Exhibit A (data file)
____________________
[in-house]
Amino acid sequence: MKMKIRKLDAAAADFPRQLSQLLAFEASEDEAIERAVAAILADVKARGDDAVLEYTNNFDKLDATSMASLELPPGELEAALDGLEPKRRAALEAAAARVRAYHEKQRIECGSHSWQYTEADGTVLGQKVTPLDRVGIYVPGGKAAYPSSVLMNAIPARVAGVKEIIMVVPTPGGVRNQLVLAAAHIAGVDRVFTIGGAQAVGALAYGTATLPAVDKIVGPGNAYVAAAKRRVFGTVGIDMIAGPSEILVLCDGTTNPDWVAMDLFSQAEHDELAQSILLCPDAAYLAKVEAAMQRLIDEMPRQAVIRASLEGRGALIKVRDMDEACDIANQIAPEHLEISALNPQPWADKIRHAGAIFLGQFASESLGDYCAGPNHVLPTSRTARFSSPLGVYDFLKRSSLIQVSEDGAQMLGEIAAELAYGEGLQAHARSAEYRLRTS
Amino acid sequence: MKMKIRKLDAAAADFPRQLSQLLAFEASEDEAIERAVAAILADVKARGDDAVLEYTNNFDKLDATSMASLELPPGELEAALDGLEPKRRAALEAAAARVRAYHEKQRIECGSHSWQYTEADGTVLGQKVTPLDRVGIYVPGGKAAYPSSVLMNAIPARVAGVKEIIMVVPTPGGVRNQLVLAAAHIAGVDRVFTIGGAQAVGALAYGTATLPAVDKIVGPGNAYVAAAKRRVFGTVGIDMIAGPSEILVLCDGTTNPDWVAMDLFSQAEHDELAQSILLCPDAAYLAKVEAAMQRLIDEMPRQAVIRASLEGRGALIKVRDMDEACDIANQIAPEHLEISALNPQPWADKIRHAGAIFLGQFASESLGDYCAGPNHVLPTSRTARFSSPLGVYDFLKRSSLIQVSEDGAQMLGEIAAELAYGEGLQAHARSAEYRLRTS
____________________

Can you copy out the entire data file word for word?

[in-house]
Amino acid sequence: MKMKIRKLDAAAADFPRQLSQLLAFEASEDEAIERAVAAILADVKARGDDAVLEYTNNFDKLDATSMASLELPPGELEAALDGLEPKRRAALEAAAARVRAYHEKQRIECGSHSWQYTEADGTVLGQKVTPLDRVGIYVPGGKAAYPSSVLMNAIPARVAGVKEIIMVVPTPGGVRNQLVLAAAHIAGVDRVFTIGGAQAVGALAYGTATLPAVDKIVGPGNAYVAAAKRRVFGTVGIDMIAGPSEILVLCDGTTNPDWVAMDLFSQAEHDELAQSILLCPDAAYLAKVEAAMQRLIDEMPRQAVIRASLEGRGALIKVRDMDEACDIANQIAPEHLEISALNPQPWADKIRHAGAIFLGQFASESLGDYCAGPNHVLPTSRTARFSSPLGVYDFLKRSSLIQVSEDGAQMLGEIAAELAYGEGLQAHARSAEYRLRTS
Amino acid sequence: MKMKIRKLDAAAADFPRQLSQLLAFEASEDEAIERAVAAILADVKARGDDAVLEYTNNFDKLDATSMASLELPPGELEAALDGLEPKRRAALEAAAARVRAYHEKQRIECGSHSWQYTEADGTVLGQKVTPLDRVGIYVPGGKAAYPSSVLMNAIPARVAGVKEIIMVVPTPGGVRNQLVLAAAHIAGVDRVFTIGGAQAVGALAYGTATLPAVDKIVGPGNAYVAAAKRRVFGTVGIDMIAGPSEILVLCDGTTNPDWVAMDLFSQAEHDELAQSILLCPDAAYLAKVEAAMQRLIDEMPRQAVIRASLEGRGALIKVRDMDEACDIANQIAPEHLEISALNPQPWADKIRHAGAIFLGQFASESLGDYCAGPNHVLPTSRTARFSSPLGVYDFLKRSSLIQVSEDGAQMLGEIAAELAYGEGLQAHARSAEYRLRTS